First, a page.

Brian take the train a lot. When he is travelling solo, he likes to read a book and relax. There are days, however, when groups of boisterous teens or arguing couples ruin his relaxing journey.
‘Those inconsiderate so-and-sos’ thinks Brian, ‘how could anybody be so rude and oblivious to the noise they’re making? Anybody making that much commotion on a public train is clearly a selfish person. I bet they were brought up badly by their parents.’
This time it’s different!
A week later, and Brian is travelling to the cup final with his friends. Some beers get cracked open, a sing-song is started. Brian is loving every second when a middle-aged lady catches his eye. He knows exactly what she’s thinking: ‘those inconsiderate so-and-sos…’
But this is different. It’s the cup final! Brian is with the guys! He hasn’t seen some of them for years! Plus, it’s a one-off. Brian doesn’t usually act like this…
Can you relate to Brian?
Here’s the crucial bit: when reflecting on others, we tend to use their behaviour to make judgments as to their character. Someone who is obnoxious in public is a rude person.
When reflecting on ourselves, we tend to use circumstances to explain our behaviour. When we are obnoxious in public, it is because of the external factors. It is cup final day, or it is because we are excited at catching up with friends.
We do not re-evaluate our character because of our actions, but we do use them to evaluate the character of others.
This is called correspondence bias.
In poker, we are quick to label players as fish (or nits, or nutters, or whatever) based on a hand that we deem bizarre. We use scanty evidence to make judgments as to the character of our opponents, deeming them tilt-monkeys or probable-drunks or likely-degens, because they played a hand of poker a little strangely.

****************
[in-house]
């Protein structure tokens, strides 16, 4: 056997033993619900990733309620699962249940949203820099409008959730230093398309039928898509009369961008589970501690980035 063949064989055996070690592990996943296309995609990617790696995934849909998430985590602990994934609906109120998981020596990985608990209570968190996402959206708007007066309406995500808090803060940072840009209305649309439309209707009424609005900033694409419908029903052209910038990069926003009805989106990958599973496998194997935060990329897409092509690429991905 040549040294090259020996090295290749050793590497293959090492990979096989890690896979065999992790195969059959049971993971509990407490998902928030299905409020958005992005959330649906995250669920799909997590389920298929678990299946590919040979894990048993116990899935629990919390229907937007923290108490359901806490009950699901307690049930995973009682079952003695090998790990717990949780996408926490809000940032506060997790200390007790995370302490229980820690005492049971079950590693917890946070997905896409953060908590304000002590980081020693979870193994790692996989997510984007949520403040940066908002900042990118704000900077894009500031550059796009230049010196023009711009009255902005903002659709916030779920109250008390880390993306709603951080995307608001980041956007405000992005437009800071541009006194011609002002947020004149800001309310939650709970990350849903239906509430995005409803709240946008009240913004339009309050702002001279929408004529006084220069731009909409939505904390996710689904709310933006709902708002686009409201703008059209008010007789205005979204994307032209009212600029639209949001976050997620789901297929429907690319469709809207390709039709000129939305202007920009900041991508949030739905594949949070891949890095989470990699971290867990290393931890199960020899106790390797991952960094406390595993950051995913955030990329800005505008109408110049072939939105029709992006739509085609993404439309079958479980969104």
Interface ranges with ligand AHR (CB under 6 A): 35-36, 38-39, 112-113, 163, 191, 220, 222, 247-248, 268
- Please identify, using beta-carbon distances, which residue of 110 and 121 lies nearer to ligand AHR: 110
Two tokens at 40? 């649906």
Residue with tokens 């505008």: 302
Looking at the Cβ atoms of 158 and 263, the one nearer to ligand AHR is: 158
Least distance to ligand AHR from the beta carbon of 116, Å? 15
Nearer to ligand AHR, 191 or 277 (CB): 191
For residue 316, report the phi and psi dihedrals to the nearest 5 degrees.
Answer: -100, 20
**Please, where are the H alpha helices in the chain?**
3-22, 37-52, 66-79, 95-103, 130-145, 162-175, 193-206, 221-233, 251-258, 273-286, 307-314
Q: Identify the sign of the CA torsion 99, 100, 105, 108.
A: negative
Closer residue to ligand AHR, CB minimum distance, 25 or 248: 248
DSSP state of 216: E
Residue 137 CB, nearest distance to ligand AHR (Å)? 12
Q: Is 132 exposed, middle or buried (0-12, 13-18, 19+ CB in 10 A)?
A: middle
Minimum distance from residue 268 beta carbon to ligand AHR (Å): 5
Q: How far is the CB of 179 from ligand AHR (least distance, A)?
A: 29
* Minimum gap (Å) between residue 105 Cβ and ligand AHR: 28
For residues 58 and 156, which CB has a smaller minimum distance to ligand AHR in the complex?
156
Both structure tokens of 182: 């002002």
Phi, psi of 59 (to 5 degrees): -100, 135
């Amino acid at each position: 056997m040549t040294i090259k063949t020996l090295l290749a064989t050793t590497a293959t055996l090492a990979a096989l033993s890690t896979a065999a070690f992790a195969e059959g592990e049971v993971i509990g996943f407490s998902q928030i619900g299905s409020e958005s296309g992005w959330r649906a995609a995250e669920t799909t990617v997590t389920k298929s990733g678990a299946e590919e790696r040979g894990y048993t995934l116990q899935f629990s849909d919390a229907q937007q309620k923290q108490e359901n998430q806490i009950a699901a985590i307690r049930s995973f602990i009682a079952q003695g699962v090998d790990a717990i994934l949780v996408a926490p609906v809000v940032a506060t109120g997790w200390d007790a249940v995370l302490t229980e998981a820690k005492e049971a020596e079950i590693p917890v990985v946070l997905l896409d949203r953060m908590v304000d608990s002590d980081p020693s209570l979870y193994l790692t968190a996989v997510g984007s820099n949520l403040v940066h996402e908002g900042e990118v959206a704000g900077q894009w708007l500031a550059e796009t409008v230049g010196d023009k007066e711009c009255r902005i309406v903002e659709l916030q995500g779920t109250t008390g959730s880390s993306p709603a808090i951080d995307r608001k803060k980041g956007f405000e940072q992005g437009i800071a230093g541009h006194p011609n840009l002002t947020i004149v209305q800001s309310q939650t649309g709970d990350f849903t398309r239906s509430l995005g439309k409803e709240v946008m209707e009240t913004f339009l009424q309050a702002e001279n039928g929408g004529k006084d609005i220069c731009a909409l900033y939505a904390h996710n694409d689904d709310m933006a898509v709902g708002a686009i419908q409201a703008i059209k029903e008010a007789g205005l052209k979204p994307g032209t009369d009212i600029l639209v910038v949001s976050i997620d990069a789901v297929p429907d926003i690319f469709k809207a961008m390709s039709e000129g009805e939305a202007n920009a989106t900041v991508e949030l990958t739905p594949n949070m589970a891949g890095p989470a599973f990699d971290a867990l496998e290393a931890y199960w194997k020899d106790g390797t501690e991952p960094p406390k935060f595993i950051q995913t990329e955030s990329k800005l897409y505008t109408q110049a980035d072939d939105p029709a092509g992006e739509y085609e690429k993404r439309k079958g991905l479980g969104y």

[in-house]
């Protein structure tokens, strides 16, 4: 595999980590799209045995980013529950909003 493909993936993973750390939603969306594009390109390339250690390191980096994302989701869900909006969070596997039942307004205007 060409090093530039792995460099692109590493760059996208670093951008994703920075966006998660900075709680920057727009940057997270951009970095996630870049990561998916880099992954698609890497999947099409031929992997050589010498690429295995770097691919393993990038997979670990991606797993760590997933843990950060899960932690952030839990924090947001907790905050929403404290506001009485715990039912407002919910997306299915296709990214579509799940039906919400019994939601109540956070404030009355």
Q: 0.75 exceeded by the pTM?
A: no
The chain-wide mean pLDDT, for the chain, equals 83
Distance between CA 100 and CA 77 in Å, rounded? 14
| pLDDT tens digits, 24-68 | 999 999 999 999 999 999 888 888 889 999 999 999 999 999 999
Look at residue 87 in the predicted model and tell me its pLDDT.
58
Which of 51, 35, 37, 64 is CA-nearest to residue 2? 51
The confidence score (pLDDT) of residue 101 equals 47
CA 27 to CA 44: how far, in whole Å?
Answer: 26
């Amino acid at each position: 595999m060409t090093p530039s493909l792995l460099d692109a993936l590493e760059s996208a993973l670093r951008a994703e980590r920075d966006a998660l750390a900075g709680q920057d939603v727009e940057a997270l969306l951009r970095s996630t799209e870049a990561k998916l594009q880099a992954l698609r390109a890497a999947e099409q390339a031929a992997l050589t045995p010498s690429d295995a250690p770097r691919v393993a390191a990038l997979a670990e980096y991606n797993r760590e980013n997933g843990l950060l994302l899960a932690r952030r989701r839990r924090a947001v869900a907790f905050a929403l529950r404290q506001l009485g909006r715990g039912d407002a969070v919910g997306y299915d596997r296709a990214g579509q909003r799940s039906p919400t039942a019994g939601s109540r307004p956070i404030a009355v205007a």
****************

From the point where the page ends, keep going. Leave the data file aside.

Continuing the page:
However, when we make a reckless re-jam or a loose call, we dismiss it as a mis-read or a mis-click or a mystery. We blame the circumstances – often with due reason – for our errors in judgment. Even when we know that we are on tilt, we write it off as an anomalous development which is not representative of our typical poker game.
Character vs Behaviour
There are people who have multiple affairs or who commit fraud or who bite other players on the football pitch who will argue that they are not bad people, but they had a momentary lapse in judgment.
Outsiders looking in, so quick to judge, will label them ‘scumbags’ and speculate that they are bad parents, liabilities as employees, and selfish in all aspects of life.
Brian on the train will argue that he acted selfishly, but is not a selfish person. Then in his next breath, he will argue that the couple having a shouting match on the train are selfish people and terrible partners and bad parents.
Correspondence bias in poker can be kept in check by refraining from making judgments as to the character or traits of opponents, based on moves that could be explained by circumstances (game flow, erroneous belief in fold equity, mass-multi-tabling mis-clicks etc).
And, by extension, it is important to task your poker coach with keeping you in check when it comes to justifying your own play. Sometimes you will be on tilt and eager to blame it on external factors. Make your coach earn their money by keeping a close eye on the development of leaks that you are eager to blame on easily-explainable errors.
Does correspondence bias ring a bell with you? Have a little think about scenarios in which you are too quick to extend your judgments as to behaviour onto their character, and give the article a share on Facebook and Twitter!